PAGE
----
U.S. Fish & Wildlife Service logo A Unit of the National Wildlife Refuge System
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UL Bend
National Wildlife Refuge


Black-footed ferrets have long thin bodies characteristic of the weasel family.  They are a light brown color overall, with black feet and a dark mask across their eyes.
Airport Road
Lewistown, MT   59457
E-mail: cmr@fws.gov
Phone Number: 406-538-8706
Visit the Refuge's Web Site:
http://cmr.fws.gov
The black-footed ferret lives within the burrow system created by black-tailed prairie dogs and feeds almost entirely on these burrowing rodents.
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  Wildlife and Habitat

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Uplands are dominated by sagebrush grasslands that transition through ponderosa pine and Rocky Mountain juniper to river bottoms fringed with Great Plains cottonwood and sandbar willow. This landscape, locally known as the "Breaks," provides excellent habitat for a wide variety of wildlife.

The Refuge is famous for its elk population which was reestablished in 1951 from a Yellowstone National Park herd. Mule deer are the most common and widely distributed large mammal species. White-tailed deer are found in lesser numbers along the Missouri River. Bighorn sheep were also reintroduced and are found on the Mickey and Brandon Buttes. Nearly 240 species of birds have been identified on the Refuge, including sage grouse, mountain plover, and western meadowlark.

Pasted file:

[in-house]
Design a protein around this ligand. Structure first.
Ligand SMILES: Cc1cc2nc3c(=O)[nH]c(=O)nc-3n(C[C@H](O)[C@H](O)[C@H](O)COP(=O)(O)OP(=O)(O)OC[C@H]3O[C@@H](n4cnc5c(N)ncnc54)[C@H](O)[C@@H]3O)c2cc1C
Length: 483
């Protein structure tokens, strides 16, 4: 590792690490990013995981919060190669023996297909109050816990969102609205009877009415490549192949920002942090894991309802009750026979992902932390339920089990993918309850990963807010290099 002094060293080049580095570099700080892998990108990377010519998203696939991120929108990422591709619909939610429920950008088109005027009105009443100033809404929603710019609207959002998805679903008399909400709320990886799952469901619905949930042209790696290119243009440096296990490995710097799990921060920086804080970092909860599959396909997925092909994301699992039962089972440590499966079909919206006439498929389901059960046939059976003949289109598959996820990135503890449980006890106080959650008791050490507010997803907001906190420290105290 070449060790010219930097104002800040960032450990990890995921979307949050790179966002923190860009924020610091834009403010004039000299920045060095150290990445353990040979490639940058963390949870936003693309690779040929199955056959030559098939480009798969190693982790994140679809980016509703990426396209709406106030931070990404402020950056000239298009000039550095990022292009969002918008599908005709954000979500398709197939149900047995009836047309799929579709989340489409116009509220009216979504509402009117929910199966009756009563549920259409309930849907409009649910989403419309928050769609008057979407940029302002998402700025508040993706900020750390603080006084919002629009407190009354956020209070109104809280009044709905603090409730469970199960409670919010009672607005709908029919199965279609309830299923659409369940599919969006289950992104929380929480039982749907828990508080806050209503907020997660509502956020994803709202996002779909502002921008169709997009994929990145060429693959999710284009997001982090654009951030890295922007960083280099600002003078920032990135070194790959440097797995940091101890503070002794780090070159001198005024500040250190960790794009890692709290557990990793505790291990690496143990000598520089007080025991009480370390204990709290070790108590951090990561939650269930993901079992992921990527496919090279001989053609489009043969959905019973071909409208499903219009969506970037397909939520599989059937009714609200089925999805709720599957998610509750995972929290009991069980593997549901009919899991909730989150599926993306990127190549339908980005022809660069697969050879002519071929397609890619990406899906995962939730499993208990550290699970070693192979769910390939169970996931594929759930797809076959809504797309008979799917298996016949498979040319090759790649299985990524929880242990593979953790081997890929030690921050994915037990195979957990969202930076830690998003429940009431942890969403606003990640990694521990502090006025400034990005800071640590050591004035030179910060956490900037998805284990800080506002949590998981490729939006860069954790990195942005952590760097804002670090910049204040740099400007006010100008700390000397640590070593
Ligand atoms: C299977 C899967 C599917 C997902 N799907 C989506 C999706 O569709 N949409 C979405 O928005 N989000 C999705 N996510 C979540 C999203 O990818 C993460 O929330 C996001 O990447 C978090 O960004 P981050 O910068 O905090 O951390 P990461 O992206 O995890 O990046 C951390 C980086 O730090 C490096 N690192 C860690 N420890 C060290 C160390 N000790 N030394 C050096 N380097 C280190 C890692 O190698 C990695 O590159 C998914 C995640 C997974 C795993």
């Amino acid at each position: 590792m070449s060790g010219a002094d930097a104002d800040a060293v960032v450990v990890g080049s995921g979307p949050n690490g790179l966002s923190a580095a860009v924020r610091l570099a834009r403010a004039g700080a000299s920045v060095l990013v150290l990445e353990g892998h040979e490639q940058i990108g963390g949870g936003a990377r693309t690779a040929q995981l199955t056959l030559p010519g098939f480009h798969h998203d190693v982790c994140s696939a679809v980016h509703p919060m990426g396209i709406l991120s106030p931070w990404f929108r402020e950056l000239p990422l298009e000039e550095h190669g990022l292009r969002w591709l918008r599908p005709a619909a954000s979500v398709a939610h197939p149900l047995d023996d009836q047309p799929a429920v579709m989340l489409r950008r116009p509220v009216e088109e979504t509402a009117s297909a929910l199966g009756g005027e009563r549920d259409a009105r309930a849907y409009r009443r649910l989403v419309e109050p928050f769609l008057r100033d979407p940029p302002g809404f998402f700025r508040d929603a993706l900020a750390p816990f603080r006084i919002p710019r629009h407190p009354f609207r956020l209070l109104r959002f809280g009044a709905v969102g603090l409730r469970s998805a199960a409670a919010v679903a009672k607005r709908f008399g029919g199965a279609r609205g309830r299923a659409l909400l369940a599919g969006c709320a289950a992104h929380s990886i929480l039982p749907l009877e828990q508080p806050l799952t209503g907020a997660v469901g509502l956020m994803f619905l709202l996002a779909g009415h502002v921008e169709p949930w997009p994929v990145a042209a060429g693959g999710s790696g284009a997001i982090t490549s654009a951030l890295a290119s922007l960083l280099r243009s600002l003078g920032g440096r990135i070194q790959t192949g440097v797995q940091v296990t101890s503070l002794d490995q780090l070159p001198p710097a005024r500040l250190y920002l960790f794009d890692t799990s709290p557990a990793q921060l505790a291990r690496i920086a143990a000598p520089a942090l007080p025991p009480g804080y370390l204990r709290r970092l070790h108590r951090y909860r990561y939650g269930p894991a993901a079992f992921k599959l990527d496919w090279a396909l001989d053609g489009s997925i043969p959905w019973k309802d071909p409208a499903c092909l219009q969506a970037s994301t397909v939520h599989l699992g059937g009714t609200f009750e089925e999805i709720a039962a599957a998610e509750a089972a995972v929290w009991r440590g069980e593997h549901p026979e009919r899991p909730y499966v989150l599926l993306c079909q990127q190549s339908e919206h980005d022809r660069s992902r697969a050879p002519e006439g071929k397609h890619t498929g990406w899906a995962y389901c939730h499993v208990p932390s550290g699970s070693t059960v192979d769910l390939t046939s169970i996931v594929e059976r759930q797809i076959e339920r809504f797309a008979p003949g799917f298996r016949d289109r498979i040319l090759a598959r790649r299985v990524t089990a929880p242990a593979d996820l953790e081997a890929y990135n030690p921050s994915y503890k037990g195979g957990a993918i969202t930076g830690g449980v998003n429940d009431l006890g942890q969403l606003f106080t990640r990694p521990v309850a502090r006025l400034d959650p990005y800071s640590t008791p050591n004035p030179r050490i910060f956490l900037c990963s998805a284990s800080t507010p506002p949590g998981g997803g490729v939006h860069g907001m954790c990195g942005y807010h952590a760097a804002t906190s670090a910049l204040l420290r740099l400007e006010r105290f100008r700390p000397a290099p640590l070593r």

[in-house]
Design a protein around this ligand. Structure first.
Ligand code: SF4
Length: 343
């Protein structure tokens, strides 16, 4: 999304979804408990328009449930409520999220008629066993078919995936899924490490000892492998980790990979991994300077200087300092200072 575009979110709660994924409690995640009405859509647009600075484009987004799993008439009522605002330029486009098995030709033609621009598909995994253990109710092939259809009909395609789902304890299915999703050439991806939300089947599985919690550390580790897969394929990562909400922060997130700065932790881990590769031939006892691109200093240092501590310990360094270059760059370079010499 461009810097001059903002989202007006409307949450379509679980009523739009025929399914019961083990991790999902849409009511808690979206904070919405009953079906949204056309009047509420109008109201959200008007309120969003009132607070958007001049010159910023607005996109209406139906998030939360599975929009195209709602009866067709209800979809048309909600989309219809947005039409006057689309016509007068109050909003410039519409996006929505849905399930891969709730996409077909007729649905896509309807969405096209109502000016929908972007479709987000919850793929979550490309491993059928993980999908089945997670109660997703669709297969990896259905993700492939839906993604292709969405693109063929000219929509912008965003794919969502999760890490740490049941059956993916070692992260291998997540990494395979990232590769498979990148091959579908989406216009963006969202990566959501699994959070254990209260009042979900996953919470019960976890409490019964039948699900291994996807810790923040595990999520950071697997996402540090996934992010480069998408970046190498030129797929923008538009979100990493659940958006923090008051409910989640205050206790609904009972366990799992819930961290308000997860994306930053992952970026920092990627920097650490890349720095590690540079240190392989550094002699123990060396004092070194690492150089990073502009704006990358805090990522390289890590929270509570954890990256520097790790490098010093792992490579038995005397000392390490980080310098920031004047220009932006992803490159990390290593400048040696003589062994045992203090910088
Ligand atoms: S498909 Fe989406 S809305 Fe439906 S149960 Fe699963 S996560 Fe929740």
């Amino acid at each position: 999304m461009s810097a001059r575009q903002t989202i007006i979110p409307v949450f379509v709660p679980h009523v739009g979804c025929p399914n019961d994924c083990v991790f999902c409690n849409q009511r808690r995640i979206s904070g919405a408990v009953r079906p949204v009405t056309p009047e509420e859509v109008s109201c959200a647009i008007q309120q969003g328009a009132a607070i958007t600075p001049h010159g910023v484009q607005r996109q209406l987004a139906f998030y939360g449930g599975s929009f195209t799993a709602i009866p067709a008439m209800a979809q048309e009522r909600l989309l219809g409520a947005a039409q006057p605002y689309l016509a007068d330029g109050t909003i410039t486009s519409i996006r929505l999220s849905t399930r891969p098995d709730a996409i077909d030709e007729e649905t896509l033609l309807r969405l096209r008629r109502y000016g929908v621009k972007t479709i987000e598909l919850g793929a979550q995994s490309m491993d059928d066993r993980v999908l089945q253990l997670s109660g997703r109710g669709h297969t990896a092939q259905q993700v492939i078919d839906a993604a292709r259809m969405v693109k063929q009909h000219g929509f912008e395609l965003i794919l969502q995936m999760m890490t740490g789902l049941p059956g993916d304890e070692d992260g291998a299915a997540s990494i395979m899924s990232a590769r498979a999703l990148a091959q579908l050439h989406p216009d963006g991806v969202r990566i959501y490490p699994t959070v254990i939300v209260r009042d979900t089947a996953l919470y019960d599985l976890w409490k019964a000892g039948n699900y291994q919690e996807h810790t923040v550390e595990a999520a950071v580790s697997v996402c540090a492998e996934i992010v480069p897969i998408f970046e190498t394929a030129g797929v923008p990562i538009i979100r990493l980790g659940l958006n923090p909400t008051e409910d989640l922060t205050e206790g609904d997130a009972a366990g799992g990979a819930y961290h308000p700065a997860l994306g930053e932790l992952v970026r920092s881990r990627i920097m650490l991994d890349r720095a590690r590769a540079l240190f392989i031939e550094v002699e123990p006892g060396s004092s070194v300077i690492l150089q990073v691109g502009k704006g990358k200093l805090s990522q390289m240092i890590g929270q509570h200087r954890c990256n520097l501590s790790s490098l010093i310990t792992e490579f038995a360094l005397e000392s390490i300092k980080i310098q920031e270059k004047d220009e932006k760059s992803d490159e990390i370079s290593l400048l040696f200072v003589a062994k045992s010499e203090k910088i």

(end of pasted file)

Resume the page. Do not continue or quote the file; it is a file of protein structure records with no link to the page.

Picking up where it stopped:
Black-tailed prairie dogs play an important role in the prairie ecosystem. Thirty species of wildlife, including the endangered black-footed ferret, depend upon prairie dog colonies for at least part of their nutritional or habitat requirements. UL Bend NWR is the site of an ongoing effort to rescue one of North America's most endangered animals, the black-footed ferret. Captive-raised ferrets were released on UL Bend NWR in 1993, and their numbers have been slowly building since then. Large black-tailed prairie dog towns, upon which ferrets depend, are concentrated on UL Bend NWR. Also, magnificent sage grouse displays can be seen in early spring at UL Bend NWR as birds gather on traditional leks to breed.

On Charles M. Russell NWR, shortgrass prairie is intermixed with sagebrush communities, and intermittent streams cross through these habitats. These habitats provide homes for a variety of wildlife on the Charles M. Russell Wetland Management District. Water presence in existing wetland basins, though sporadic, provides productive wetland habitats for a variety of wetland-dependent species. Common birds in these areas include the waterfowl and passerine species associated with the Great Basin, raptors, and some rarities, including mountain plovers, peregrine falcons, and long-billed curlews.

Mammalian species include pronghorn, mule and white-tailed deer, coyotes, and a host of furbearers. Additionally, several of the satellite refuges enjoy healthy populations of sport fish, including rainbow trout.

 
 
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